Housing

As more insurance companies leave, where can Florida residents turn?

More and more homeowners are choosing not to insure their homes.

As more insurance companies leave, where can Florida residents turn?
Scripps News South Florida
SMS

Insuring your home in Florida got even harder in the last two weeks as both Farmers and AAA joined a growing list of companies that are ending some homeowner insurance policies in the Sunshine State.

"During a recent discussion with an insurance agent in the state, they told me it's the worst insurance market they've seen in 40 years in the business," said Mark Friedlander with the Insurance Information Institute (III).

Friedlander says Farmers customers don't need to panic since the non-renewals won't come until 2024, after hurricane season.

But some AAA customers are already getting their non-renewal notices in the mail.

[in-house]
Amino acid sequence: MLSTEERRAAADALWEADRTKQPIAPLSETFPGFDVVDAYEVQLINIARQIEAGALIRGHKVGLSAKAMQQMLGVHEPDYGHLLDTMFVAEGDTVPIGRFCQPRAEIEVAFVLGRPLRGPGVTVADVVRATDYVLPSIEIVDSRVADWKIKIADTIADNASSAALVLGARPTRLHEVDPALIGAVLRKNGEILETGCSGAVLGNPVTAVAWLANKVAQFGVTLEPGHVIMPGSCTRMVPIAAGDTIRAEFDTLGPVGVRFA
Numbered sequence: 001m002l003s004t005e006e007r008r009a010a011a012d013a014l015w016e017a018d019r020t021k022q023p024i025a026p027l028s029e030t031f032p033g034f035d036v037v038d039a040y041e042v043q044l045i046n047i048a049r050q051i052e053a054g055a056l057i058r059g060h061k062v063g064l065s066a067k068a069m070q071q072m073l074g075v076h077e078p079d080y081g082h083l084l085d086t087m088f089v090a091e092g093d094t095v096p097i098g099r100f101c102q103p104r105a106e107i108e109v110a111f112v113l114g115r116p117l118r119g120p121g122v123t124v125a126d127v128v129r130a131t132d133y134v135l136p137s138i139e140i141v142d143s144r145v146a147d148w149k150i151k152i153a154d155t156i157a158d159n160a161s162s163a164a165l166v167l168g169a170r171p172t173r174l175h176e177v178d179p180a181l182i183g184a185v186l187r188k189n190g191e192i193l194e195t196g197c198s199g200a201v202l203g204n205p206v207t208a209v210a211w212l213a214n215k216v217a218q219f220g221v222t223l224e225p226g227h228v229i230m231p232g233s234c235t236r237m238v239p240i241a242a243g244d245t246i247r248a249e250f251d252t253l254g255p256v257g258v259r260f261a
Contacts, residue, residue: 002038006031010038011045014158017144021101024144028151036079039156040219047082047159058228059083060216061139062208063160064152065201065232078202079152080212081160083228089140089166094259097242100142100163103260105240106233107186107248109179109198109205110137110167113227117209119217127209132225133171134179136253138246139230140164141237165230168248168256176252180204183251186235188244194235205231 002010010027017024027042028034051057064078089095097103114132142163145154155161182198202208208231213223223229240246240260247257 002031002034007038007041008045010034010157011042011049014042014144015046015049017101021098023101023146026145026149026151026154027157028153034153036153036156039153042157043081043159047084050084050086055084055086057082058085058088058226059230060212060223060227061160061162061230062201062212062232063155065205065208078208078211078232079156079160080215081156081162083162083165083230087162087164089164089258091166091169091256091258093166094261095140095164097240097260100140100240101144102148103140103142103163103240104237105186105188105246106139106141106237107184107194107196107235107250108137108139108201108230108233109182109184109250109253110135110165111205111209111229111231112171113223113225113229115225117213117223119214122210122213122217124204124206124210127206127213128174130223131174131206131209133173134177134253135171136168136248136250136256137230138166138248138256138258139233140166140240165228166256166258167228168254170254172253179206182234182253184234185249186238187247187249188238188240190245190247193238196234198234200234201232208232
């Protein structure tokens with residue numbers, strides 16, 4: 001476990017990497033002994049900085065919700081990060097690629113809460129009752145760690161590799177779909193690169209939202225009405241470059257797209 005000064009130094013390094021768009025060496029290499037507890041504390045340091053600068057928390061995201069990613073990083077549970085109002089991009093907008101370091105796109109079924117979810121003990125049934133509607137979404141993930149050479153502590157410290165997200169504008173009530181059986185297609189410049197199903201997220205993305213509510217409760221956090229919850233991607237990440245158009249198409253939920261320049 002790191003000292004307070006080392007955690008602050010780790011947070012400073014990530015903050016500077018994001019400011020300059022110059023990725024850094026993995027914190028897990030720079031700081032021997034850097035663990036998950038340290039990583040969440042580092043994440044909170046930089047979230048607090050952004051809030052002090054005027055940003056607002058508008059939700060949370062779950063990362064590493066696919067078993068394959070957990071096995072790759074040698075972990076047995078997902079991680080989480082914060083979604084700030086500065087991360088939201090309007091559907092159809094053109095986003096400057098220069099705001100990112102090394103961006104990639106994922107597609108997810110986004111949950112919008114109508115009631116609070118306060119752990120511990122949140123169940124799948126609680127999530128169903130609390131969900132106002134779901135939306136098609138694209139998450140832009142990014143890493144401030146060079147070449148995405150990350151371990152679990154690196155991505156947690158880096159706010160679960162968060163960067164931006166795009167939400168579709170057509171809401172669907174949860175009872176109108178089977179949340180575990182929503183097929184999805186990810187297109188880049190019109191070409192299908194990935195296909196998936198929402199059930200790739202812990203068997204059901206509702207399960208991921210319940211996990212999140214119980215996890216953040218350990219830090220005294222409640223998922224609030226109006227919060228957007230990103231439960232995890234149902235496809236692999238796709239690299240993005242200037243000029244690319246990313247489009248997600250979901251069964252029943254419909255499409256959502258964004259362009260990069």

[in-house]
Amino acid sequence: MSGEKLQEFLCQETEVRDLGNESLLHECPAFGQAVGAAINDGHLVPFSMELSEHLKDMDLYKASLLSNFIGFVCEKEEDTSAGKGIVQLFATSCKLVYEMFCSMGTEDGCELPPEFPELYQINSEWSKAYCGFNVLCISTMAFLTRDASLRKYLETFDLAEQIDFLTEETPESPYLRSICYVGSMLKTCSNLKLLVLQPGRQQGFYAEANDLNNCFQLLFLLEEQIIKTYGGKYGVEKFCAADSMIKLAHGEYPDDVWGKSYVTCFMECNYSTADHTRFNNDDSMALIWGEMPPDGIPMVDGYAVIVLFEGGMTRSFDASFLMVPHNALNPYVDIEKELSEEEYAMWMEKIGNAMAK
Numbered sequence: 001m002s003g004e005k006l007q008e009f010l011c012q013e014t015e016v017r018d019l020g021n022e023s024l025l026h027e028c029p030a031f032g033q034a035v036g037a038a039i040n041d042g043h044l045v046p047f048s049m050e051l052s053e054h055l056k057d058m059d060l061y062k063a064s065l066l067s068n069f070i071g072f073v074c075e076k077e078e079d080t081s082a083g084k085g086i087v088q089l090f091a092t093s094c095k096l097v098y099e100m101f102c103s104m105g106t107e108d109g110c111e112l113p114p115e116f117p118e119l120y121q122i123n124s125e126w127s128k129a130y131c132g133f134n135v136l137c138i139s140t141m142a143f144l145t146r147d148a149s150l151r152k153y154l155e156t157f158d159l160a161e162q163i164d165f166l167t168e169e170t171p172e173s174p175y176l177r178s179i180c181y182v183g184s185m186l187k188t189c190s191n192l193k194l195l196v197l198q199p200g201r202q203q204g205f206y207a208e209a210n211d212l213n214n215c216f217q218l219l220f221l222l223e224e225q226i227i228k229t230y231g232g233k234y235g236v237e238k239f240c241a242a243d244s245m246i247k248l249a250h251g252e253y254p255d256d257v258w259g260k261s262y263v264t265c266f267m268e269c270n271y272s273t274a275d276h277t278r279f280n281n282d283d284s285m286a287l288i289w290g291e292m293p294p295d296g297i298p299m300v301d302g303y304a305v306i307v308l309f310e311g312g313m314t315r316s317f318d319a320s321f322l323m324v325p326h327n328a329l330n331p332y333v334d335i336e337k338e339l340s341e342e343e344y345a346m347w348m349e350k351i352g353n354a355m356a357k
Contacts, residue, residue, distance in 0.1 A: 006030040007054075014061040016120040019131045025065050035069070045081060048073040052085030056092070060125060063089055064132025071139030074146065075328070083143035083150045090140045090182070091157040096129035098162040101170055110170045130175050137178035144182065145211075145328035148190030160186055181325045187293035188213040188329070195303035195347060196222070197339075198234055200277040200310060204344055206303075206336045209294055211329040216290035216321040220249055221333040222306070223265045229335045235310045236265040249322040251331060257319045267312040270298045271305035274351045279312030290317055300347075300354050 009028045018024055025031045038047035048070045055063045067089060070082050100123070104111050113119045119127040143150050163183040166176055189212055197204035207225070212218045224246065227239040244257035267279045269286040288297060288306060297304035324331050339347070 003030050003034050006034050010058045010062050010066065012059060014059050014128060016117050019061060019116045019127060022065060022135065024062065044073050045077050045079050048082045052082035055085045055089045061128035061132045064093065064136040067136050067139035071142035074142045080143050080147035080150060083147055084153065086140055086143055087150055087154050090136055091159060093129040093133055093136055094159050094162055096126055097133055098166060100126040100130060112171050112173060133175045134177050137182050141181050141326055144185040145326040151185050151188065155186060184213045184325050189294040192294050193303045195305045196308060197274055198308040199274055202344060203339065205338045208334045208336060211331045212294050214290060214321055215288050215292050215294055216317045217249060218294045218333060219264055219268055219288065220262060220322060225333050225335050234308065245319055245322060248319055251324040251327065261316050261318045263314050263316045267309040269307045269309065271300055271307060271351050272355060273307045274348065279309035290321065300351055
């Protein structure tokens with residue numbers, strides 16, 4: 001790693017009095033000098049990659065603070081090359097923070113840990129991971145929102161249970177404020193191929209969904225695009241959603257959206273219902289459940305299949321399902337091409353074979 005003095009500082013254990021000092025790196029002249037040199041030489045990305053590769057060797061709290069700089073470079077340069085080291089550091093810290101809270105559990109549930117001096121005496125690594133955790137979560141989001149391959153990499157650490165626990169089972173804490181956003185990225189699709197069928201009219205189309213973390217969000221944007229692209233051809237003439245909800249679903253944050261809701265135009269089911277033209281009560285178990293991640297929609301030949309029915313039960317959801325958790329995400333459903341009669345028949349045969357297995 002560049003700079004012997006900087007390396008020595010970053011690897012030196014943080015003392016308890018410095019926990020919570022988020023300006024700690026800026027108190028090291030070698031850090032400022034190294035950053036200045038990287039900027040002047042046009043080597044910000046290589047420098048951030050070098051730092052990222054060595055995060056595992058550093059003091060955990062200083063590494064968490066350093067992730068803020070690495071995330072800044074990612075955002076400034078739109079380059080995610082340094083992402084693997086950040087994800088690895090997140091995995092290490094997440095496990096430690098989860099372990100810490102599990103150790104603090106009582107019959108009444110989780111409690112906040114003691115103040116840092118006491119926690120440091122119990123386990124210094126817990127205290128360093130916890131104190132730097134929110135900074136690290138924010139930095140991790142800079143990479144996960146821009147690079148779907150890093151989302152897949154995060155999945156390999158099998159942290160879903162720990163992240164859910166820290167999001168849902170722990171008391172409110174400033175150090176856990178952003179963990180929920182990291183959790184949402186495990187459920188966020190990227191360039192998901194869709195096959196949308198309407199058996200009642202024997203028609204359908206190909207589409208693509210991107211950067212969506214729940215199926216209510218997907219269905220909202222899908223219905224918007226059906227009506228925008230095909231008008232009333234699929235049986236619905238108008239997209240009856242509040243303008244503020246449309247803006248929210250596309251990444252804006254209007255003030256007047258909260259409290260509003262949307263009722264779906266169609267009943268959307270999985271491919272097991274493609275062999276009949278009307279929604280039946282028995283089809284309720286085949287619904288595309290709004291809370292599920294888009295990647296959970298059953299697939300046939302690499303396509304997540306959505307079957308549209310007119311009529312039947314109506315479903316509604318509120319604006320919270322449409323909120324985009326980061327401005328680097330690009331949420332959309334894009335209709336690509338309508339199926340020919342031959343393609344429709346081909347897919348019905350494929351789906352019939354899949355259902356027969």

"They need to shop right now to ensure they have no gap in coverage during Hurricane season," Friedlander said. "Here's the problem: Florida is still facing a very precarious property insurance marketplace. There are very few options in the private market."

Homeowner insurance rates skyrocket in waterfront areas in the South
Homeowner insurance rates skyrocket in waterfront areas in the South

Homeowner insurance rates skyrocket in waterfront areas in the South

By some estimates, homeowners' insurance in Florida is set to increase by 66% in 2023.

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Citizens, the state-run insurer of last resort, is averaging about 30,000 new customers each month, according to its CEO.

But there's a new trend that's concerning experts in the field.

According to the III, roughly 7% of all homeowners nationwide choose not to carry property insurance. In Florida, it's double that number, and it keeps rising.

"Unfortunately, it's a reality today because property insurance and flood insurance have become unaffordable in Florida," Friedlander said.

The average homeowner's policy in Florida costs about $6,000 right now, three times the national average.

This story was originally published by Ryan Kruger at Scripps News South Florida.